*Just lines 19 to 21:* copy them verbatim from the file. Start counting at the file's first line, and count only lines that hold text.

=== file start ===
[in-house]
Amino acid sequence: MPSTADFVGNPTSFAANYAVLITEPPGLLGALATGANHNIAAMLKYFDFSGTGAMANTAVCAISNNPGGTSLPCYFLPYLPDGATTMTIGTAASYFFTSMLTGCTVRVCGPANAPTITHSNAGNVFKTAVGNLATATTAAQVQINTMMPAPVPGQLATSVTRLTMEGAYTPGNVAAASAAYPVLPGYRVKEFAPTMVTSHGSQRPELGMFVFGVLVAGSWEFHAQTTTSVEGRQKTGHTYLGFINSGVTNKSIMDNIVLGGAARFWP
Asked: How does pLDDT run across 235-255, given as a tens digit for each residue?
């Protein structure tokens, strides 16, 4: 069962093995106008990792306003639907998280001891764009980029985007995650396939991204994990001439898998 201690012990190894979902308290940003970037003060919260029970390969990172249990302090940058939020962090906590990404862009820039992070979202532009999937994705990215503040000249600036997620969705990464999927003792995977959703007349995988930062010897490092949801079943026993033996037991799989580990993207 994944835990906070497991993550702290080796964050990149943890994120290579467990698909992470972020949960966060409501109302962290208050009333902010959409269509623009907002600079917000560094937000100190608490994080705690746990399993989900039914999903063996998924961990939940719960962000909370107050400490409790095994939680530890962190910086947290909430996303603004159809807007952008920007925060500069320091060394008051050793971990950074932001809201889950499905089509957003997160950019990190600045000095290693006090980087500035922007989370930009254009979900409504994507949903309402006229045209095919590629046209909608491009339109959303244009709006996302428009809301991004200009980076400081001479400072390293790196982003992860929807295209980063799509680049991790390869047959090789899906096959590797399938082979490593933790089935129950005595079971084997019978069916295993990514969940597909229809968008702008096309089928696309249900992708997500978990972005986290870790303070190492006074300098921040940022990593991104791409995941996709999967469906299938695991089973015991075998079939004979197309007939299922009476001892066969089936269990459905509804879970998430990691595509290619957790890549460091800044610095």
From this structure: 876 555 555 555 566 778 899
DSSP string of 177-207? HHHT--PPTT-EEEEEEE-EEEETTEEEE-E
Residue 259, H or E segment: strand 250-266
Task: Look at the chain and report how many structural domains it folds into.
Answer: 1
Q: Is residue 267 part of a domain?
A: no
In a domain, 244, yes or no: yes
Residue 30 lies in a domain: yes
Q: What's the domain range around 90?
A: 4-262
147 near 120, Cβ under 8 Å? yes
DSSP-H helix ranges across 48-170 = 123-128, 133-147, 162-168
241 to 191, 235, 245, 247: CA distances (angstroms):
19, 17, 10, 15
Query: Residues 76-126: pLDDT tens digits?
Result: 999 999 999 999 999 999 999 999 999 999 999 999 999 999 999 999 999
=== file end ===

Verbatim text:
19, 17, 10, 15
Query: Residues 76-126: pLDDT tens digits?
Result: 999 999 999 999 999 999 999 999 999 999 999 999 999 999 999 999 999